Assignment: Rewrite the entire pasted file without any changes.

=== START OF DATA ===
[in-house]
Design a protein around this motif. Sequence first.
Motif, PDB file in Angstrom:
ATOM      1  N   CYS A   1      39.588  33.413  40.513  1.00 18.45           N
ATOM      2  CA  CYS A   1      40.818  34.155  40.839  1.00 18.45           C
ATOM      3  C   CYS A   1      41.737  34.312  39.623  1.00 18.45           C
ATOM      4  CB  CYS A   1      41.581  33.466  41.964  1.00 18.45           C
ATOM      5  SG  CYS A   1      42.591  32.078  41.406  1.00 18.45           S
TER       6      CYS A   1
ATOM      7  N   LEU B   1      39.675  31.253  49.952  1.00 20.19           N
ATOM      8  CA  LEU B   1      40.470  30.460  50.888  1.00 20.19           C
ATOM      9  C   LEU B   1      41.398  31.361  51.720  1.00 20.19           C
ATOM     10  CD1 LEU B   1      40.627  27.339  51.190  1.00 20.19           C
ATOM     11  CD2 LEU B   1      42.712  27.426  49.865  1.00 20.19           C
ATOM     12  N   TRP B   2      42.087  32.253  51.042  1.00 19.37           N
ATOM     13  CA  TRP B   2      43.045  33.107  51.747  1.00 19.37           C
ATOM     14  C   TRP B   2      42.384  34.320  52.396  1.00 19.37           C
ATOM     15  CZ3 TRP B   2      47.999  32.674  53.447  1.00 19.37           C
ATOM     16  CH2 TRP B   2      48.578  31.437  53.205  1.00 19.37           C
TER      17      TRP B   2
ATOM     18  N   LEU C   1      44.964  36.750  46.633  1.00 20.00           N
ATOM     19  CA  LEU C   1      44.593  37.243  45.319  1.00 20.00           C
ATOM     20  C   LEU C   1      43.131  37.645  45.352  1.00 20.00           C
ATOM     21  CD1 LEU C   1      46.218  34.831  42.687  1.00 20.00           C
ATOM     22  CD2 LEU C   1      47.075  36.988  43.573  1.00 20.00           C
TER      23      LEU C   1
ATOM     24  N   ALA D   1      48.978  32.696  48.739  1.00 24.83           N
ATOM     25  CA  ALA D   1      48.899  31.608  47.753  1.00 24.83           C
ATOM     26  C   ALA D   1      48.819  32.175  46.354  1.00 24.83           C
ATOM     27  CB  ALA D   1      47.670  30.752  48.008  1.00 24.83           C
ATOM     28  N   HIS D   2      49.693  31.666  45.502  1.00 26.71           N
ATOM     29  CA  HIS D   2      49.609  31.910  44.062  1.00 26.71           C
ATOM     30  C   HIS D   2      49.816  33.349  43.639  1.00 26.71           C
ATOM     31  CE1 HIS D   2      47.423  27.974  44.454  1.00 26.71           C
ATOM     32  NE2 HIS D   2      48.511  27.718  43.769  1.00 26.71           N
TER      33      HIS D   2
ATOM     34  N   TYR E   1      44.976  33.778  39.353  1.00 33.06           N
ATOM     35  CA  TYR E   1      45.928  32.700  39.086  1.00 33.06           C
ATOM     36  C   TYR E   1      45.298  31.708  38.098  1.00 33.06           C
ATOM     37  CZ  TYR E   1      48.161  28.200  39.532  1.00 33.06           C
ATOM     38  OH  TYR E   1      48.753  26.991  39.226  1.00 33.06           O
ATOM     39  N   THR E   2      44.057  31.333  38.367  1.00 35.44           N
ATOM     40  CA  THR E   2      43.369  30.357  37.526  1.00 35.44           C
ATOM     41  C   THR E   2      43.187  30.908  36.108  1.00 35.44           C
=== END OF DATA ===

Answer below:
[in-house]
Design a protein around this motif. Sequence first.
Motif, PDB file in Angstrom:
ATOM      1  N   CYS A   1      39.588  33.413  40.513  1.00 18.45           N
ATOM      2  CA  CYS A   1      40.818  34.155  40.839  1.00 18.45           C
ATOM      3  C   CYS A   1      41.737  34.312  39.623  1.00 18.45           C
ATOM      4  CB  CYS A   1      41.581  33.466  41.964  1.00 18.45           C
ATOM      5  SG  CYS A   1      42.591  32.078  41.406  1.00 18.45           S
TER       6      CYS A   1
ATOM      7  N   LEU B   1      39.675  31.253  49.952  1.00 20.19           N
ATOM      8  CA  LEU B   1      40.470  30.460  50.888  1.00 20.19           C
ATOM      9  C   LEU B   1      41.398  31.361  51.720  1.00 20.19           C
ATOM     10  CD1 LEU B   1      40.627  27.339  51.190  1.00 20.19           C
ATOM     11  CD2 LEU B   1      42.712  27.426  49.865  1.00 20.19           C
ATOM     12  N   TRP B   2      42.087  32.253  51.042  1.00 19.37           N
ATOM     13  CA  TRP B   2      43.045  33.107  51.747  1.00 19.37           C
ATOM     14  C   TRP B   2      42.384  34.320  52.396  1.00 19.37           C
ATOM     15  CZ3 TRP B   2      47.999  32.674  53.447  1.00 19.37           C
ATOM     16  CH2 TRP B   2      48.578  31.437  53.205  1.00 19.37           C
TER      17      TRP B   2
ATOM     18  N   LEU C   1      44.964  36.750  46.633  1.00 20.00           N
ATOM     19  CA  LEU C   1      44.593  37.243  45.319  1.00 20.00           C
ATOM     20  C   LEU C   1      43.131  37.645  45.352  1.00 20.00           C
ATOM     21  CD1 LEU C   1      46.218  34.831  42.687  1.00 20.00           C
ATOM     22  CD2 LEU C   1      47.075  36.988  43.573  1.00 20.00           C
TER      23      LEU C   1
ATOM     24  N   ALA D   1      48.978  32.696  48.739  1.00 24.83           N
ATOM     25  CA  ALA D   1      48.899  31.608  47.753  1.00 24.83           C
ATOM     26  C   ALA D   1      48.819  32.175  46.354  1.00 24.83           C
ATOM     27  CB  ALA D   1      47.670  30.752  48.008  1.00 24.83           C
ATOM     28  N   HIS D   2      49.693  31.666  45.502  1.00 26.71           N
ATOM     29  CA  HIS D   2      49.609  31.910  44.062  1.00 26.71           C
ATOM     30  C   HIS D   2      49.816  33.349  43.639  1.00 26.71           C
ATOM     31  CE1 HIS D   2      47.423  27.974  44.454  1.00 26.71           C
ATOM     32  NE2 HIS D   2      48.511  27.718  43.769  1.00 26.71           N
TER      33      HIS D   2
ATOM     34  N   TYR E   1      44.976  33.778  39.353  1.00 33.06           N
ATOM     35  CA  TYR E   1      45.928  32.700  39.086  1.00 33.06           C
ATOM     36  C   TYR E   1      45.298  31.708  38.098  1.00 33.06           C
ATOM     37  CZ  TYR E   1      48.161  28.200  39.532  1.00 33.06           C
ATOM     38  OH  TYR E   1      48.753  26.991  39.226  1.00 33.06           O
ATOM     39  N   THR E   2      44.057  31.333  38.367  1.00 35.44           N
ATOM     40  CA  THR E   2      43.369  30.357  37.526  1.00 35.44           C
ATOM     41  C   THR E   2      43.187  30.908  36.108  1.00 35.44           C